Compared to the Swedish system, academic recruitment is extremely swift in the UK. In Scandyland, it’s typically 7 months from the application deadline to the rejection letter, mainly because of slow external referees. The worst I’ve seen was 14 months. But in the UK, it’s all done in a matter of weeks.
I recently had the pleasure of receiving my first invitation to an interview for a UK academic job. Though in the end I didn’t actually get the job, it was overall a very friendly and pleasant experience. Before I describe my trip, I’ll relate a story told to me by one of the other applicants about a horrific job interview he once did in Ireland.
This guy was informed that he had made the short list, and was asked to show up at a certain door on campus at a certain time. He travelled to Ireland, found the door, and realised that it opened on an anonymous conference room in the campus computer lab building. This was nowhere near the archaeology department. He gave a test lecture and an interview, and then the Head of Department said goodbye. Back to the airport without even seeing the department, fly home, receive rejection letter.
My English experience was very different. On the first evening, a minibus taxi picked me and the other four short-listed scholars up at the centrally located hotel where the department had put us up. We went to the home of the Head of Department, where we were joined by a considerable number of departmental staff members. The HoD and his wife proceeded to wine and dine us all in royal style, and after an evening of laughter and camaraderie the taxi took us applicants back to the hotel.
The following morning I took a 45-minute sunlit walk to campus, found the department, was offered coffee, and then gave my test lecture to staff and students. To keep me from booing and hissing at my competitors (I suppose), I was then sent out of the lecture room and given a tour of the department by the friendly secretary. Afterwards I took a walk on my own around campus, looking at gardens and buildings and students, and had something to eat while the other four gave their lectures. At an appointed time, staff, applicants, MA students and PhD students all gathered among the display cases in the departmental museum and had sandwiches and pastries for lunch on the departmental buck, while we all mingled about and chatted.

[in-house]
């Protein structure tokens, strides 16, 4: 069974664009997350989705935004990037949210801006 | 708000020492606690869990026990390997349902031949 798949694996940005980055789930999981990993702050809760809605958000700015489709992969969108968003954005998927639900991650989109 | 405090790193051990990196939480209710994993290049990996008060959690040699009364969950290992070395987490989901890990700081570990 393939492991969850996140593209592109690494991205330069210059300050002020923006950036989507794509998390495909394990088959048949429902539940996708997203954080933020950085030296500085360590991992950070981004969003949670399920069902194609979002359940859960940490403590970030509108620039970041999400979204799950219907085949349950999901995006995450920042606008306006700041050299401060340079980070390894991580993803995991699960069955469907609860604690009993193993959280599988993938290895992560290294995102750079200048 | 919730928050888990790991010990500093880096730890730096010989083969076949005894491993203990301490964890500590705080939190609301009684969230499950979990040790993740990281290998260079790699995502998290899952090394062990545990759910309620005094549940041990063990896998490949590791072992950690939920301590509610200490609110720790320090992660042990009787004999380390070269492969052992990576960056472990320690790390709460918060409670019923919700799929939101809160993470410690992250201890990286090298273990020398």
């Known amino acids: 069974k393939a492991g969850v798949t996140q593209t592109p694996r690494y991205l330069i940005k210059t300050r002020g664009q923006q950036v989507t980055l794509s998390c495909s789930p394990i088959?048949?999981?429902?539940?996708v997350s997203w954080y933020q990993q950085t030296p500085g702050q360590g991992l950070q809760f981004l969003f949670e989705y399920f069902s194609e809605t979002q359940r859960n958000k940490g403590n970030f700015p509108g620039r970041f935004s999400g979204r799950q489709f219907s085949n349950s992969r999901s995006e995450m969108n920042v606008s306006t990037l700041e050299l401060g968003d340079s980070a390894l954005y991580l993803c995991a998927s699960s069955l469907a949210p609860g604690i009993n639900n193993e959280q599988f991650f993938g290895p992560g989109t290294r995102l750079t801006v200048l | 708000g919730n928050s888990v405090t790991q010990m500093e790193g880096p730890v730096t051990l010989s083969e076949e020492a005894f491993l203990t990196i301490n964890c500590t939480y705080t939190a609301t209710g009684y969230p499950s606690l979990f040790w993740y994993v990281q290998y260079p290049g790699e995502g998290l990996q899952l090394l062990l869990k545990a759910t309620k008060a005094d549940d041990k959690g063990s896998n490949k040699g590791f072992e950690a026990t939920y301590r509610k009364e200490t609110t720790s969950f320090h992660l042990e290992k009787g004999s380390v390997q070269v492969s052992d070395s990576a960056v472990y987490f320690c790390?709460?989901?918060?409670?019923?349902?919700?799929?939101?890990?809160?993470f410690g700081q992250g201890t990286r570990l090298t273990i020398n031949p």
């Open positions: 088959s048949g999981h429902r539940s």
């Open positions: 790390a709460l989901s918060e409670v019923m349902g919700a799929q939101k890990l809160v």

I was then shown by the secretary to another building, where I was interviewed by four men in suits. Two of them were the HoD and an associate professor, with both of whom I was at this point on a friendly first-name basis. The third was a professor from another faculty, and the fourth was the Head of School (an organisational level between the department and the faculty). As far as I can tell the interview went reasonably well, though I forgot to brag about my new-media prowess and my collaboration with amateur archaeologists, and I got some bad-cop questions from the Head of School. To the latter, I of course came up with excellent Ã©sprit d’escalier replies afterwards. And as my friend Tor had warned me, it was a little confusing to be asked about things that I had already given full info on in my written application, a copy of which each suit-clad man was holding.
But all in all, I don’t think it was poor performance either at the lecture or at the interview that lost me the job. The HoD explained to me that all five on the short list were more than employable. He even quipped that if he were to apply for jobs today with the qualifications that secured him his first academic job back in the 70s, he wouldn’t even make the short list. Though few of my age can beat my publication record, I do have very little formal experience of life as a university lecturer. When I explained to the Head of School that co-editing eleven years’ worth of Swedish archaeology’s main research journal teaches a man one or two things about admin, he just smiled thinly and said, “You know, that sounds more like fun to me”.
All in all, though I didn’t get the job, my trip to England was made quite a heartening experience by the friendliness and consideration of everyone involved. I came away feeling not rejected, but as if I have actually climbed a rung on my rickety career ladder just by being considered for a UK job. I don’t reveal the name of the place here because I have a vague feeling that this would be a transgressive act. But if anybody involved is reading this, please accept my heartfelt thanks for the great way you all took care of us applicants! And to the person who did get the job, my best wishes.
Update same evening: A student just wrote me and said they were disappointed that I didn’t get the job! YES! Now I am a proud man!
Update next day: And another one! “I am very disappointed that you did not get the position within our department. Unfortunately, so are a number of other students. We all wanted you to know that you were great and we very much enjoyed your presentation and your approachability.”